Tor-Arne: The Director of the music video, Stian Kristiansen, had this idea for a video where we would have a hidden camera out filming our hometown nightlife. One of us was supposed to be dressed up as a gorilla jumping around messing with people and then we would get their reactions on film. It was meant to make fun of the way anyone can turn into an idiot (read: Gorilla) when they drink. During the process we decided we wanted it have a more high school-look and ended up with this. We kind of tricked Stian into paying tribute to our favorite norwegian movie "Mannen Som Elsket Yngve", which was the first feature film he directed.

Got 'em! You have another song about not shaving your heads. As a person who shaves his head I am curious, who would you not shave your head for?

Halvard: Well, as the song says, we wouldn't shave our heads for anyone really. But we especially wouldn't shave our heads for anyone as a publicity stunt, even though it has been tempting. We considered it for the release of the "Shave My Head" single though, but the owners of the club where we were having the release got wind of the idea and were not fans of us shaving heads in a club, and it was raining outside.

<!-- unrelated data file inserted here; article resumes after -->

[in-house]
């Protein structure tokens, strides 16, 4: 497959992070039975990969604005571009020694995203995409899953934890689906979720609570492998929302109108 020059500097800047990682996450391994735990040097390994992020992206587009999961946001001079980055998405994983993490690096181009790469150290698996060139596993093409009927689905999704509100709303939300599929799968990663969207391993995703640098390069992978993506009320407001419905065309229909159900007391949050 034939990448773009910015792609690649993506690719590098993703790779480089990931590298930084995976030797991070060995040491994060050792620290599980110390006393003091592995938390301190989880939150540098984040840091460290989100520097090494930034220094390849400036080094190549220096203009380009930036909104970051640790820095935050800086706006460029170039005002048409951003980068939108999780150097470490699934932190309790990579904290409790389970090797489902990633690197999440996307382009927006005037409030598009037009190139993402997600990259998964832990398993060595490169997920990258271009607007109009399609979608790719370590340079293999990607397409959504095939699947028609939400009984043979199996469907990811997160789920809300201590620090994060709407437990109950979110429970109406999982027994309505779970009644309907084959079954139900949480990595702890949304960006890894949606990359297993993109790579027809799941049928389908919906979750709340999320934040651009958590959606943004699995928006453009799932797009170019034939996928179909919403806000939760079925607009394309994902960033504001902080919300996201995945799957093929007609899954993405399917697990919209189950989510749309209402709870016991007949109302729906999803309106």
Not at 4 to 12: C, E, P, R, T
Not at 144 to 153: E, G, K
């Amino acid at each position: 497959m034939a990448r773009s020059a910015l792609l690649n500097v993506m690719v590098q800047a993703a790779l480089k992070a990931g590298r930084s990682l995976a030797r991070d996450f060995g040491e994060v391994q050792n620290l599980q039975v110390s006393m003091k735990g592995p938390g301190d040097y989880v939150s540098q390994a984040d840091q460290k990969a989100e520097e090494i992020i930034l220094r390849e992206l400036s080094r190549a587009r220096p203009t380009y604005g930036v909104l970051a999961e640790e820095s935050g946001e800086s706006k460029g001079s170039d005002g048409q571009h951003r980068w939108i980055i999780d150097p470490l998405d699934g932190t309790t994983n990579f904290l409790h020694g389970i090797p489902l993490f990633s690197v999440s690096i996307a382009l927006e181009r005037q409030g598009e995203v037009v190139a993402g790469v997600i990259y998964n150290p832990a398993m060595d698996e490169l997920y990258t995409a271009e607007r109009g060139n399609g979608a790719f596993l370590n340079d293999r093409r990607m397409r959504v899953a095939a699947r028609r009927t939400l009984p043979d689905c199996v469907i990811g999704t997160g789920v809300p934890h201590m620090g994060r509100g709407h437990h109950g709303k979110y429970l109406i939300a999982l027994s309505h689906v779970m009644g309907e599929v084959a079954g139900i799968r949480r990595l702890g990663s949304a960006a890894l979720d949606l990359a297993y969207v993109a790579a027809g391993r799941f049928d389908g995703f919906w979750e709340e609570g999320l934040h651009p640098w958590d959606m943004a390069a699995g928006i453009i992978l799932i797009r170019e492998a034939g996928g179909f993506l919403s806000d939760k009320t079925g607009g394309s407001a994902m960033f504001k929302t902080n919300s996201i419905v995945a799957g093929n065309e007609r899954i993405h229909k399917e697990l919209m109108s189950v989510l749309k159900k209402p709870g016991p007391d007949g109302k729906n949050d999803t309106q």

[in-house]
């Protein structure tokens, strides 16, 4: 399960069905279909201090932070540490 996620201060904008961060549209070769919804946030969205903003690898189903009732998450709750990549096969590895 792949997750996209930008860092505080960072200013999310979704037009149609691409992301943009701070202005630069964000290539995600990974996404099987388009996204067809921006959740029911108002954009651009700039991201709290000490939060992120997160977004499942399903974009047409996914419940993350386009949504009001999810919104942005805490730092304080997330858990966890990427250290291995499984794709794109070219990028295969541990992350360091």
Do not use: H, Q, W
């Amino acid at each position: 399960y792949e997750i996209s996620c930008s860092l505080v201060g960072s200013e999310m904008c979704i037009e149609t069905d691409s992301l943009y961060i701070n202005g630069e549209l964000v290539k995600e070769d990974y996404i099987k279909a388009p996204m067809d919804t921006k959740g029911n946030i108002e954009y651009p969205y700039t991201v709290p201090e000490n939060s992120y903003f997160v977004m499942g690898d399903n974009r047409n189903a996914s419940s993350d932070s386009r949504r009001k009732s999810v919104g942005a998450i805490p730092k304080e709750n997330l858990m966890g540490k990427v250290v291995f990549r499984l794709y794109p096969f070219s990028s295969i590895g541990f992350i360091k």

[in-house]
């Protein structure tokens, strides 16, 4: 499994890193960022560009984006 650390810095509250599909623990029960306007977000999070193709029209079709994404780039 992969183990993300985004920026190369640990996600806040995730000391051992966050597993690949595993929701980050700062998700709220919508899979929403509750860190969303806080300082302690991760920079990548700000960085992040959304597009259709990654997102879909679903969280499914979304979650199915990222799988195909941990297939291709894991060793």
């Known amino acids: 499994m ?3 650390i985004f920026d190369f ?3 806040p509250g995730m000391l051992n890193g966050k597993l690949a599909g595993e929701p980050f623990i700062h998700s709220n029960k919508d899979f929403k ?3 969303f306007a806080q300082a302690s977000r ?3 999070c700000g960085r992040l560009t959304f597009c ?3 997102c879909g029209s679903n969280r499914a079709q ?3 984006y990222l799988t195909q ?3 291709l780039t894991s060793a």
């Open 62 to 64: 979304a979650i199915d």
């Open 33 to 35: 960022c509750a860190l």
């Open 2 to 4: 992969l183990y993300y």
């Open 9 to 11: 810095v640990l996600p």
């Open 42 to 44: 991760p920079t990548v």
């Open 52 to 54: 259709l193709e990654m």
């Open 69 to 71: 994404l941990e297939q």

If you guys change your minds feel free to join the my crew anytime. What do you most look forward to when being on tour?

Lasse: To get on stage, meet new people and hopefully have an "adventure." We usually end up in some weird situations on tour and when that happen we always say "What a journey" and "Music takes you places," which is as true as it is a clichè.

There is always an element of truth in any kind of clichè. What would your fans be most surprised to find out about you?

Tor-Arne: I guess we are pretty transparent. Like, if someone picked a fight with us, they would stand a pretty good chance at winning. We are also pretty bad at partying after shows. We sleep and read a lot on tour. There is really no positive things coming out of this question...

Who doesn't love sleep and a good book? The power of positivity rocks! What would you like music fans from all over the world to know about Norway?

Tor-Arne: We have a great hardcore, metal and punk scene. Also the Norwegian artist Kygo has the world record as the fastest artist to reach 1 billion streams on Spotify. For only 5 million people, we are pretty divided when it comes to music taste.

That is pretty wild. What are some punk bands that you have drawn inspiration from?